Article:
Hemochromatosis--Genetic Prevalence and Penetrance

This study has been completed.
Information provided by:
National Heart, Lung, and Blood Institute (NHLBI)
ClinicalTrials.gov Identifier:
First received: September 28, 2000
Last updated: June 23, 2005
Last verified: March 2005
To examine the cost effectiveness of hereditary hemochromatosis (HH) screening in primary care.

Blood Disease

Study Type: Observational
Study Design: Observational Model: Natural History
Time Perspective: Cross-Sectional

Resource links provided by NLM:

Further study details as provided by National Heart, Lung, and Blood Institute (NHLBI):

Study Start Date: July 1999
Estimated Study Completion Date: May 2003
Detailed Description:


Hereditary hemochromatosis (HH) is the most common inherited disorder among Caucasians with an estimated frequency as high as 8 per 1000. Affected individuals absorb excessive amounts of dietary iron and develop progressive accumulation of tissue iron stores with consequent organ dysfunction including hepatic cirrhosis, diabetes mellitus, congestive heart failure, arthropathy and impotence. Early diagnosis and institution of phlebotomy treatments will prevent disease manifestations and normalize life expectancy. In 1996, HFE, the gene for HHC was mapped on the short arm of chromosome 6 (6p21.3). HH is therefore a natural target for the development of a routine screening strategy.


The investigators have demonstrated the favorable cost-effectiveness ratio of adopting a screening strategy for HH and have screened 16,031 primary care patients using serum transferrin saturation (TS) levels to confirm the prevalence of undiagnosed HH in this setting and to demonstrate the feasibility of screening. The recent description of HFE gene mutations in individuals with HH has made genetic testing for HH possible and may increase the attractiveness of general screening. However, several important questions about genetic prevalence and penetrance remain to be addressed before such a recommendation can be made. The large screened sample provides a unique opportunity to address several of these important issues. First, they will obtain population-based estimates of the prevalence of HFE gene mutations. Second, they will determine the sensitivity of serum TS testing for detecting these mutations. Third, the comparison of genotype and phenotype will allow them to draw useful inferences about disease penetrance. The results will enable them to propose an optimal screening strategy for HH and to determine the place of genetic testing in the diagnostic algorithm. This strategy may vary depending on age, sex and race. The answers to these questions will enable them to determine with greater confidence the relative effectiveness of a screening strategy for HH and will clarify for primary care practitioners which of their patients should be screened for this disorder. These questions have recently been identified as a priority by the Centers for Disease Control and Prevention and by the National Heart, Lung, and Blood Institute.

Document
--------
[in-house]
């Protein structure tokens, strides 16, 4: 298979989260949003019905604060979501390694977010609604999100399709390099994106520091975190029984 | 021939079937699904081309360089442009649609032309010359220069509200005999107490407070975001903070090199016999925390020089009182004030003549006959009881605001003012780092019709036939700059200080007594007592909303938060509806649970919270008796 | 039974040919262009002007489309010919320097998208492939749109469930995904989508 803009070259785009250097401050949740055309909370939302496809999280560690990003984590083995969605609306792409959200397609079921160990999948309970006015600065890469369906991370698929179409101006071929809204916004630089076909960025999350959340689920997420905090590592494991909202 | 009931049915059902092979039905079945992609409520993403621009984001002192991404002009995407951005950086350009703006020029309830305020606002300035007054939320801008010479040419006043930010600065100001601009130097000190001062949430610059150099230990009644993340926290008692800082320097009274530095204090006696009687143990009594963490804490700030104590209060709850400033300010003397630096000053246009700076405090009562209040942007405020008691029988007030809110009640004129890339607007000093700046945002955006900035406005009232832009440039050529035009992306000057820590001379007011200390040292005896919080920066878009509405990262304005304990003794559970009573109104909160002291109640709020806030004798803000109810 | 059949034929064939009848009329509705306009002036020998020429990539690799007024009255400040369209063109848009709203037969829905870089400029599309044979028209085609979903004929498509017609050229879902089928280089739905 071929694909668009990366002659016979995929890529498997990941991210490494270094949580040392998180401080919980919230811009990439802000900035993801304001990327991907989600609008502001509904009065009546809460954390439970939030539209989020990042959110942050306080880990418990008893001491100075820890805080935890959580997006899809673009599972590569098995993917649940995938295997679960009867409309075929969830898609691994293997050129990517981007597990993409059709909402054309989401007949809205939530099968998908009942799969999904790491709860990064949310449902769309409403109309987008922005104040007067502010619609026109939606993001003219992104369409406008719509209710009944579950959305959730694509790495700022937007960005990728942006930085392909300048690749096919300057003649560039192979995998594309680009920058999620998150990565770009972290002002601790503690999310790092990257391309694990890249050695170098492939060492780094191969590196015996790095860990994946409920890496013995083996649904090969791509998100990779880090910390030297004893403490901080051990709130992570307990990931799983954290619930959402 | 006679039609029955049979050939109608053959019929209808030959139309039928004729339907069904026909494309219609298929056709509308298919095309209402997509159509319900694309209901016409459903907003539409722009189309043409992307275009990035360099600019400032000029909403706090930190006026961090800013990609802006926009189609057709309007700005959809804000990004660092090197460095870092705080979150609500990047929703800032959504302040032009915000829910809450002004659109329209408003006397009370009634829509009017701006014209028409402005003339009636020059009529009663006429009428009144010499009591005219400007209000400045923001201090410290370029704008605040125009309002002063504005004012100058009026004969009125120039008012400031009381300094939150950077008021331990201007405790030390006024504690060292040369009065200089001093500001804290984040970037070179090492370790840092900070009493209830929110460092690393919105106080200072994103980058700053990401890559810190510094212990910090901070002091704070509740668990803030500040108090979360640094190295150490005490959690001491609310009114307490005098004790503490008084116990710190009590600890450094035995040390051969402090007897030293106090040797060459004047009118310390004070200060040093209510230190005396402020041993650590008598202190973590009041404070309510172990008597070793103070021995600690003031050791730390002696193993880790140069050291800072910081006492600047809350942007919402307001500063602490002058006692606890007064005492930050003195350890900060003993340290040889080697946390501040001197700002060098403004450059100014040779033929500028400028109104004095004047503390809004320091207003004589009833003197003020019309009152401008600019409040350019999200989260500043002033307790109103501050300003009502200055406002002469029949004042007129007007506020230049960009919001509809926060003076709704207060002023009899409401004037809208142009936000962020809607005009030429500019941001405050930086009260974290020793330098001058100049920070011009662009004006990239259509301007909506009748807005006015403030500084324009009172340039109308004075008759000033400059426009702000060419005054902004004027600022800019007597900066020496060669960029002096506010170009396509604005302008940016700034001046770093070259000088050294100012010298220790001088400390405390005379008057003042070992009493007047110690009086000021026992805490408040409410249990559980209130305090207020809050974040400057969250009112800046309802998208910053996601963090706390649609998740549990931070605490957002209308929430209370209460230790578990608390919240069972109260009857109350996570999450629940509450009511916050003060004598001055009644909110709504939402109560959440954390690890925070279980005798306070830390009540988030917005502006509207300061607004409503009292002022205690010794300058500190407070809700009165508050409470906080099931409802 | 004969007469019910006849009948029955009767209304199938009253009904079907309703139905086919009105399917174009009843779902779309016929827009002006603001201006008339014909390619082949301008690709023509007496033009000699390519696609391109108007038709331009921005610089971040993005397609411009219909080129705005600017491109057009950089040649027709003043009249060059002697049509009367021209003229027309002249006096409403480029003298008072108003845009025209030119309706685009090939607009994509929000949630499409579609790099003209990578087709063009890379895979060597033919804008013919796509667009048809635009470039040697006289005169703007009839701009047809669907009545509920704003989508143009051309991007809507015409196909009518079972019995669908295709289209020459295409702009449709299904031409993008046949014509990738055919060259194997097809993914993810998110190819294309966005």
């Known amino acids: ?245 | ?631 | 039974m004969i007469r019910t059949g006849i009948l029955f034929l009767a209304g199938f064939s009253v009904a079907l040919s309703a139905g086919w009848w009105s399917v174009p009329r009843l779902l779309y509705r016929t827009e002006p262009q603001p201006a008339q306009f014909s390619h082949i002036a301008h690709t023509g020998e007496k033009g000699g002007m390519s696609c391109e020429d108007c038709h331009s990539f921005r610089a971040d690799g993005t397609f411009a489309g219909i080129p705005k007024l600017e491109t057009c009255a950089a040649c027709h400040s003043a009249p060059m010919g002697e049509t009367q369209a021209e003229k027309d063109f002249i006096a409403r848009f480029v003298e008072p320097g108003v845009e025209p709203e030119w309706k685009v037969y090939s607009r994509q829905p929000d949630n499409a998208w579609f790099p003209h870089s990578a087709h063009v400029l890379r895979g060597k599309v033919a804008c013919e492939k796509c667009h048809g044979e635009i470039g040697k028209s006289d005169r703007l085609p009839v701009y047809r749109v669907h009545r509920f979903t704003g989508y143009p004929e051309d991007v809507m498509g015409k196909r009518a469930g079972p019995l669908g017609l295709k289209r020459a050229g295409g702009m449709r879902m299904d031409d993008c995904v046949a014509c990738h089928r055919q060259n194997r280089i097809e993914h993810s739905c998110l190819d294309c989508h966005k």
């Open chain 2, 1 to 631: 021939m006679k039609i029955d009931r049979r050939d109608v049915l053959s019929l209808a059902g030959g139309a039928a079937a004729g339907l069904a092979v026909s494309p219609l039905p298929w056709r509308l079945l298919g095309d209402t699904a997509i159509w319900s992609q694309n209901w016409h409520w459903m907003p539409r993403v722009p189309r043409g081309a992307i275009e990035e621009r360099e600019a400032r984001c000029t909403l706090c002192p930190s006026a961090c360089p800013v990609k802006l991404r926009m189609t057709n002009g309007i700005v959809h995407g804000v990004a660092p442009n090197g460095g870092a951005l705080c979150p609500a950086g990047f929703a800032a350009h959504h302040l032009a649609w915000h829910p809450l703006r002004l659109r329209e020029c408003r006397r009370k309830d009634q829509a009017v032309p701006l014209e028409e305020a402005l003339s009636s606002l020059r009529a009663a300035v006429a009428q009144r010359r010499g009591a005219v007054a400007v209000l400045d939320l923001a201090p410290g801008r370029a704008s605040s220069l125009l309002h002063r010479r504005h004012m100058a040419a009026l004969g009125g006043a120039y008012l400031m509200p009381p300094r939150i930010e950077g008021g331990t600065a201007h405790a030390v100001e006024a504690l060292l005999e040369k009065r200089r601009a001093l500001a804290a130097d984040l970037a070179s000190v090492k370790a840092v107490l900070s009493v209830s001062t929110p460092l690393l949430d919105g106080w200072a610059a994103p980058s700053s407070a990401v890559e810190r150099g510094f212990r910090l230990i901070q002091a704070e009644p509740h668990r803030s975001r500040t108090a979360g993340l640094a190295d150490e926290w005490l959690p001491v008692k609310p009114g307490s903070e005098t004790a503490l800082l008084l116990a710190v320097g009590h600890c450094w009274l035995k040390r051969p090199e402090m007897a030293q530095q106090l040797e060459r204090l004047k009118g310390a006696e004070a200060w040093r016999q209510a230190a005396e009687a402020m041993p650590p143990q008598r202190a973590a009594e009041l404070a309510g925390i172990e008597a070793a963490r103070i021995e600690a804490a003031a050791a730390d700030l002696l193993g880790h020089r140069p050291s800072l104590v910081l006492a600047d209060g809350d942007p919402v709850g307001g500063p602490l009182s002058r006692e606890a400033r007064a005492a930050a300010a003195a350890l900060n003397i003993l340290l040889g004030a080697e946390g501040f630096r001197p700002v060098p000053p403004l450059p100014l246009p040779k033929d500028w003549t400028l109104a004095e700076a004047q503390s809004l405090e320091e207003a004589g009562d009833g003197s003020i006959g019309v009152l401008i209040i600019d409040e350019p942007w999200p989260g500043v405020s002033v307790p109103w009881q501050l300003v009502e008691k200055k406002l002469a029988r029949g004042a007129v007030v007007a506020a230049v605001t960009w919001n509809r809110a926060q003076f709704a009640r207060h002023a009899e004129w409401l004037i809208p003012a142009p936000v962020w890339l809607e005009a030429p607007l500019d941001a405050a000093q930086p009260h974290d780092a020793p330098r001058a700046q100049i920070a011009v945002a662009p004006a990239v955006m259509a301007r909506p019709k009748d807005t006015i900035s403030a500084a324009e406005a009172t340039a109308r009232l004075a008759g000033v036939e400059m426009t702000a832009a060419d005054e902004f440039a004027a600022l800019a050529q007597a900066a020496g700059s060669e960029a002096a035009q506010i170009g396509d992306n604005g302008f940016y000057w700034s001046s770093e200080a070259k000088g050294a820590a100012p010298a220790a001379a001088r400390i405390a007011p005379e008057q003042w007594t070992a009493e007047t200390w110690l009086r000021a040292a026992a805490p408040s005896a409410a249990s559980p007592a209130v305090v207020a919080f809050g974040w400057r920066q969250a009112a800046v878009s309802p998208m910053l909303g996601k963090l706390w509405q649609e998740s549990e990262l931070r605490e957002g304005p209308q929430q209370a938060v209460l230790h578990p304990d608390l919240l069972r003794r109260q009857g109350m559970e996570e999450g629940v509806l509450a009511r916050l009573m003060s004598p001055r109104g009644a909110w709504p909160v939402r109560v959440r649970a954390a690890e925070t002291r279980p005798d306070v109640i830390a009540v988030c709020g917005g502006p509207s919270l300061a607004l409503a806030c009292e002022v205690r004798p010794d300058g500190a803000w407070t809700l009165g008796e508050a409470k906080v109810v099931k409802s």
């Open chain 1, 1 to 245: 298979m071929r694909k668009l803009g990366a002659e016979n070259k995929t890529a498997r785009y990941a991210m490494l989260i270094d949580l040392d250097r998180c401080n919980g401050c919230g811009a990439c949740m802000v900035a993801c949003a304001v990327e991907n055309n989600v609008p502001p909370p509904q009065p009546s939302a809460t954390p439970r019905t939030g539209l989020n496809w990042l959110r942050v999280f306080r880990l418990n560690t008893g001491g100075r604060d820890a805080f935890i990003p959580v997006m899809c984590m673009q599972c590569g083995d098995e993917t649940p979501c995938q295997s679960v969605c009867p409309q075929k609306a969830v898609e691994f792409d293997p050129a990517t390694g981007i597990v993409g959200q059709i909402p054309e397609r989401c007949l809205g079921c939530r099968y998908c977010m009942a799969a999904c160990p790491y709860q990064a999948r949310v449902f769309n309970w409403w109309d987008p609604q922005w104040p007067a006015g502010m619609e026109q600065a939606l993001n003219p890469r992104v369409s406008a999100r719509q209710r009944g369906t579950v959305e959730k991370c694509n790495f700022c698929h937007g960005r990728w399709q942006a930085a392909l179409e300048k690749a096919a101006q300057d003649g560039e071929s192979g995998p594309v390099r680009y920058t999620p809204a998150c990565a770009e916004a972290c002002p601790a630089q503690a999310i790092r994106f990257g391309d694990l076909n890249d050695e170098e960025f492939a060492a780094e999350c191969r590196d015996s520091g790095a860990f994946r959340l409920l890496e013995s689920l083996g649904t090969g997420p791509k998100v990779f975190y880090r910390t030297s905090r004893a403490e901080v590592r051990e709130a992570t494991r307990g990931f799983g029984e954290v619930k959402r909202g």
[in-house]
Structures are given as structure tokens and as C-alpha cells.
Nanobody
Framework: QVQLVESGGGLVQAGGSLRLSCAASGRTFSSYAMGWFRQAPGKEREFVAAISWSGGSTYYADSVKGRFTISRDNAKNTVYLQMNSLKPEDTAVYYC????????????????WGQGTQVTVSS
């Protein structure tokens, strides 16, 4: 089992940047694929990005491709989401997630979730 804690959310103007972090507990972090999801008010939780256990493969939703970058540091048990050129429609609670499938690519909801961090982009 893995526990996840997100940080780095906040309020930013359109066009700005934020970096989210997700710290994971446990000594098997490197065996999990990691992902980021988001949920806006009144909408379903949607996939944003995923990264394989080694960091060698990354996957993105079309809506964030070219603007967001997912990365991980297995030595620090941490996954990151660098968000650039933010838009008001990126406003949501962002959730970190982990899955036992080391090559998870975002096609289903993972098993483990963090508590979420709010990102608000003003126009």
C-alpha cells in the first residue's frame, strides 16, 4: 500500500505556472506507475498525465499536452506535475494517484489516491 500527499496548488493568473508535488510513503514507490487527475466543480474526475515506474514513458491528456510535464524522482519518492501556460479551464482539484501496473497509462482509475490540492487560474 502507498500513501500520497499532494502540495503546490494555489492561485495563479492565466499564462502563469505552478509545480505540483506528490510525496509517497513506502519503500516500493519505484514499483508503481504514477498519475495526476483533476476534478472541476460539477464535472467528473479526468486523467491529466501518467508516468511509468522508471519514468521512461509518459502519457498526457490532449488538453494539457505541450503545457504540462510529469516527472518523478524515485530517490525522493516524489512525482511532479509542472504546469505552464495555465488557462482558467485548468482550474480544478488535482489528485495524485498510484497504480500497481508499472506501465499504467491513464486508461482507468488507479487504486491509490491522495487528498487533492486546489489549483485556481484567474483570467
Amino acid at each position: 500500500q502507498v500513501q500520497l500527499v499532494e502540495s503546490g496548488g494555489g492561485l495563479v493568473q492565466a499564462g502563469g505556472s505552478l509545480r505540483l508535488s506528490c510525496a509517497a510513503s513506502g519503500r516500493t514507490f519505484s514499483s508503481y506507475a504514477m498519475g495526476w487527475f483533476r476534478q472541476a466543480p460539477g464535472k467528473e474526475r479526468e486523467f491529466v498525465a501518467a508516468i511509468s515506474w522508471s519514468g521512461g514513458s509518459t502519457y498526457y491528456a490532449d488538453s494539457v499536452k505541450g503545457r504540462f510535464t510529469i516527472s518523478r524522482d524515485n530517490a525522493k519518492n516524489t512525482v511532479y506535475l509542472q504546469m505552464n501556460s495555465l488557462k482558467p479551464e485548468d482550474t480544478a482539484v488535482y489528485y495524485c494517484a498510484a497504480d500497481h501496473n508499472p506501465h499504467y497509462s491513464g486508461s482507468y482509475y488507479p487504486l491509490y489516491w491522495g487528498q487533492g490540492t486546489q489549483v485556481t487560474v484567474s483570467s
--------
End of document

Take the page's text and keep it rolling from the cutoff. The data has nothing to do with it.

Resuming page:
Genders Eligible for Study:   Male
Accepts Healthy Volunteers:   No
No eligibility criteria
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Please refer to this study by its ClinicalTrials.gov identifier: NCT00006312

Sponsors and Collaborators
National Heart, Lung, and Blood Institute (NHLBI)
Investigator: Pradyumna Phatak University of Rochester
  More Information

ClinicalTrials.gov Identifier: NCT00006312     History of Changes
Other Study ID Numbers: 920
Study First Received: September 28, 2000
Last Updated: June 23, 2005
Health Authority: United States: Federal Government

Additional relevant MeSH terms:
Hematologic Diseases
Genetic Diseases, Inborn
Iron Metabolism Disorders
Iron Overload
Metabolic Diseases
Metabolism, Inborn Errors
Metal Metabolism, Inborn Errors

ClinicalTrials.gov processed this record on November 30, 2015